Jeff tells the castaways that in order to stay, they'll have to participate in The Ritual. Wait, it's baby-eating, isn't it? I'll bet it is. He tells them that it will "impact each of [them] differently." It is! It's totally baby-eating. "At times, you may find it beautiful." Yep, that cinches it. "At times, you may be repulsed." Well, maybe not. Because, who could be repulsed by baby-eating? Jeff promises that a "real chief" will preside over the ritual, and tells them that the tribes take the ceremony seriously, and that they should remember their manners. Just because people eat babies, that doesn't make them bad.
Jeff sends the castaways off in the canoes toward the land. Bookkeeper Mia says that she was nervous about what this was going to turn into after hearing Jeff's somewhat ominous description. (She didn't think of baby-eating, I'll bet.) There is climbing into boats. Bob Barker Shirt Guy, whose name is Travis, tells us that he was just thrilled with the part about climbing into the canoe, because he only learned to swim six weeks ago. (Or, as he says it, "six weeks a-fore I come here," which pretty much tells you what you need to know about his manner.) And in fact, Travis and his group manage to tip their canoe and go into the drink. But they all live. Whew! The tribes sing to the castaways as they head toward the shore. Well, that's nice. Leann the Equity Research Assistant talks about how overwhelming it was when they were paddled into a larger circle of boats and then toward land. "I was moved to tears," she says. Mm-hmm. Moved. To. Tears.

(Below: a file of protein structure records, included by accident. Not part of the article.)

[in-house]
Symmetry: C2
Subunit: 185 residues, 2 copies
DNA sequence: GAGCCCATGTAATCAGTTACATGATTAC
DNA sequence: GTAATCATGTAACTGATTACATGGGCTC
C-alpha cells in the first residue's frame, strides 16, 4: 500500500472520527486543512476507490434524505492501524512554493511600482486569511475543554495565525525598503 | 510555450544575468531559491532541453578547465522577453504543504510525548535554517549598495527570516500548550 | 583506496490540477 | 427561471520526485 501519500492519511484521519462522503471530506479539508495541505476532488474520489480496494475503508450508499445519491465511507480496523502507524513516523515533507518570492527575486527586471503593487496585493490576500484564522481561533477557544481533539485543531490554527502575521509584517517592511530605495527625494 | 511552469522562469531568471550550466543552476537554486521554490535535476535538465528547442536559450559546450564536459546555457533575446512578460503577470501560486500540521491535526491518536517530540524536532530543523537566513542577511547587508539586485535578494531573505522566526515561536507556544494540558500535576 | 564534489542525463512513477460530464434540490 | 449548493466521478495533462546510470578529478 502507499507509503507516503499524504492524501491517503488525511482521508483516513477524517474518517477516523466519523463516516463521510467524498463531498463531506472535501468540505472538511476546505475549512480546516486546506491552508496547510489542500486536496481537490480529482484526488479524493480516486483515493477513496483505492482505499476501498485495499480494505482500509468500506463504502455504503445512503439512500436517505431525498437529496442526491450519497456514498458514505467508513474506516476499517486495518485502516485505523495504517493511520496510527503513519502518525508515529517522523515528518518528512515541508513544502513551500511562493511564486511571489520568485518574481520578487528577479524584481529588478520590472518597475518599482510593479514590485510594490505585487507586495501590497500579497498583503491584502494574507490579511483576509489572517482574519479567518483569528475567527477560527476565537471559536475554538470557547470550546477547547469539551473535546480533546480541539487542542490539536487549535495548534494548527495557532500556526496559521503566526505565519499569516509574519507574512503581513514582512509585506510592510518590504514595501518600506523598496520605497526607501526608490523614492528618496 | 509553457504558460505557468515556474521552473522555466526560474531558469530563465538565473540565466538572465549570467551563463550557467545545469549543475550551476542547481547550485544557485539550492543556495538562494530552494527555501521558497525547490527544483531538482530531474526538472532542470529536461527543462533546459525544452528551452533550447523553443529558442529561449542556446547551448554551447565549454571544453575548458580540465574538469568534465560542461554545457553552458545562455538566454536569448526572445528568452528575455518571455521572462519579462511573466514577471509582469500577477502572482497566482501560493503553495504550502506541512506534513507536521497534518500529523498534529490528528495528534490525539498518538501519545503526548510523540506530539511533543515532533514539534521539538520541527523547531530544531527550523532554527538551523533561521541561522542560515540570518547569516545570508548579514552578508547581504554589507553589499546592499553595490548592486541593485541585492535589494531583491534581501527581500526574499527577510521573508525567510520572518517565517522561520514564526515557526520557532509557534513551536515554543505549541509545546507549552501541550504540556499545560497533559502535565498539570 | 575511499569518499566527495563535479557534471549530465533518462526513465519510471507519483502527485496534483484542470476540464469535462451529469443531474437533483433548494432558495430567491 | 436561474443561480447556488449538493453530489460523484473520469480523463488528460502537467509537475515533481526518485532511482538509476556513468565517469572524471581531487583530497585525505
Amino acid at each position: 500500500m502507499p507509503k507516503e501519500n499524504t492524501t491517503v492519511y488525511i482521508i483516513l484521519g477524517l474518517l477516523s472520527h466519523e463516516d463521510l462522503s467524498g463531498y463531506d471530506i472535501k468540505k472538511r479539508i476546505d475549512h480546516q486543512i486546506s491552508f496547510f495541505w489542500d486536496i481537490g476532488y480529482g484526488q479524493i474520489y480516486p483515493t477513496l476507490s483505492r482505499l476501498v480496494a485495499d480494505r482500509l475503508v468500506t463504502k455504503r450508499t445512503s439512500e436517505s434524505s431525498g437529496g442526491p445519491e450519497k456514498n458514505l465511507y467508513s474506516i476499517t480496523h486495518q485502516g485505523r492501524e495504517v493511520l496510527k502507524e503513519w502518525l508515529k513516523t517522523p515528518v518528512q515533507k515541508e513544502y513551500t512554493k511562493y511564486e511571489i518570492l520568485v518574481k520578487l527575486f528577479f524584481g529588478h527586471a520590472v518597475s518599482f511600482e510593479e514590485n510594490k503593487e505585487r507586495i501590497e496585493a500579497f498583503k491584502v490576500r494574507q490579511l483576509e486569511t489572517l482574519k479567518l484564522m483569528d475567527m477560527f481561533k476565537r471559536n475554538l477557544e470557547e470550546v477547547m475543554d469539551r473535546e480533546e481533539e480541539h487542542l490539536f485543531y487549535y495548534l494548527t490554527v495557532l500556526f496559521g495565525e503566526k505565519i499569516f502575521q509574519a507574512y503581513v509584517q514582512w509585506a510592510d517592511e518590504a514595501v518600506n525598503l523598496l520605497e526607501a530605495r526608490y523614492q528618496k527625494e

The castaways land on the sand, and from a group of small houses, folks run out and start screaming. And they have spears. So that's not so comforting. Indeed, "There was a bunch of tribesmen running with spears!" exposits John P. the sales manager, saying he wasn't sure whether they were expected to defend themselves or not. Unsure of what to do when confronted with a bunch of angry people with pointy things, the castaways stand motionless. Rory, a black guy who's a housing case manager, says that he was the only one who didn't get a spear in the face. "I took that as, you know, a black man coming on the island isn't particularly unwelcome," he smiles. The singing and dancing starts up again, and Eliza the law student tells us that some guys showed up in big shaggy "jungle dresses" (well, close enough) and started pulling people out of line with sticks and prodding them forward. She noticed, because she is smart, that they sorted the women to one side and the men to the other. She also notes that the men all got to sit on little stumps, while the women had to kneel on a mat. Hmm.